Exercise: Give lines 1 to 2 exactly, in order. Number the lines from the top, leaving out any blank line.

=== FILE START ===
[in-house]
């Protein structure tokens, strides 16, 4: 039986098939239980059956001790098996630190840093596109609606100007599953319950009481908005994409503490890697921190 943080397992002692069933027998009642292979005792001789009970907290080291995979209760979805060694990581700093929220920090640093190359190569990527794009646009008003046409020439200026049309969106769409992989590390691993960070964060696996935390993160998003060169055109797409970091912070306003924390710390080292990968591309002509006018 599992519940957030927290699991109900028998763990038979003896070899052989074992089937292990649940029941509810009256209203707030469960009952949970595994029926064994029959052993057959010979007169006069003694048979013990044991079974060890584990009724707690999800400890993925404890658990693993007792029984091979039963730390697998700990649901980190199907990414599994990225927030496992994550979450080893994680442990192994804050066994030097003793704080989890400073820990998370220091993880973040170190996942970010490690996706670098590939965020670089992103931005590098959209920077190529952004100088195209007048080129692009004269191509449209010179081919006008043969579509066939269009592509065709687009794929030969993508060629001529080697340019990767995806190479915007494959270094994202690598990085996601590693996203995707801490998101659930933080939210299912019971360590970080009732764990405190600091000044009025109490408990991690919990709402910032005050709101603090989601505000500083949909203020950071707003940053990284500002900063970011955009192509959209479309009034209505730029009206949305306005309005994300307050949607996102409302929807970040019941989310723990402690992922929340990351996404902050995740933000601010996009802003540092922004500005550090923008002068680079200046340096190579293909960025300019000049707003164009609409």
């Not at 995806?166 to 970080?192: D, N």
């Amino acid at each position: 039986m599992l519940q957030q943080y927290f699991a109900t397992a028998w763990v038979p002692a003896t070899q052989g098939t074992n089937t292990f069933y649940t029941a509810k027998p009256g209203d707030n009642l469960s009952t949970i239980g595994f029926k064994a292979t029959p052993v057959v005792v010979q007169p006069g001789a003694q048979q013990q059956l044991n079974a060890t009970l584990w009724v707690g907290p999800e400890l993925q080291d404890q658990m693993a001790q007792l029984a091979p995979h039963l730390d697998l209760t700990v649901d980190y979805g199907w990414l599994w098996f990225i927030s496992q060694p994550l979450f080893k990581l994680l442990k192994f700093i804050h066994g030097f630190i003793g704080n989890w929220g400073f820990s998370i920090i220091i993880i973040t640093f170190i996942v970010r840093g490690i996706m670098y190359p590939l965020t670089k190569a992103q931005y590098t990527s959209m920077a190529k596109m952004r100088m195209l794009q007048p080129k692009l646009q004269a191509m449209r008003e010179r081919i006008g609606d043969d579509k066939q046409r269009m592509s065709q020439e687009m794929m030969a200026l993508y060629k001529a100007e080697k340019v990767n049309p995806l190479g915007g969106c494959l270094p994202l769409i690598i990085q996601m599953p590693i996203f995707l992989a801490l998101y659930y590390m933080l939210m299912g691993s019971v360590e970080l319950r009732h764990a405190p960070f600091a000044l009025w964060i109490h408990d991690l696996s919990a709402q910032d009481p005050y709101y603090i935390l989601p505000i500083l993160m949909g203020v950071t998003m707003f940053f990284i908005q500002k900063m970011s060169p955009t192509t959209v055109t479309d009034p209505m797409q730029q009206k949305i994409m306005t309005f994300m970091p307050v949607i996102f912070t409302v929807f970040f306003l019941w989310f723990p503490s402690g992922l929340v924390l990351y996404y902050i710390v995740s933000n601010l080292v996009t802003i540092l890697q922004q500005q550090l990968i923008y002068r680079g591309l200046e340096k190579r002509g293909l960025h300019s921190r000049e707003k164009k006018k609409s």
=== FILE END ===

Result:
[in-house]
């Protein structure tokens, strides 16, 4: 039986098939239980059956001790098996630190840093596109609606100007599953319950009481908005994409503490890697921190 943080397992002692069933027998009642292979005792001789009970907290080291995979209760979805060694990581700093929220920090640093190359190569990527794009646009008003046409020439200026049309969106769409992989590390691993960070964060696996935390993160998003060169055109797409970091912070306003924390710390080292990968591309002509006018 599992519940957030927290699991109900028998763990038979003896070899052989074992089937292990649940029941509810009256209203707030469960009952949970595994029926064994029959052993057959010979007169006069003694048979013990044991079974060890584990009724707690999800400890993925404890658990693993007792029984091979039963730390697998700990649901980190199907990414599994990225927030496992994550979450080893994680442990192994804050066994030097003793704080989890400073820990998370220091993880973040170190996942970010490690996706670098590939965020670089992103931005590098959209920077190529952004100088195209007048080129692009004269191509449209010179081919006008043969579509066939269009592509065709687009794929030969993508060629001529080697340019990767995806190479915007494959270094994202690598990085996601590693996203995707801490998101659930933080939210299912019971360590970080009732764990405190600091000044009025109490408990991690919990709402910032005050709101603090989601505000500083949909203020950071707003940053990284500002900063970011955009192509959209479309009034209505730029009206949305306005309005994300307050949607996102409302929807970040019941989310723990402690992922929340990351996404902050995740933000601010996009802003540092922004500005550090923008002068680079200046340096190579293909960025300019000049707003164009609409």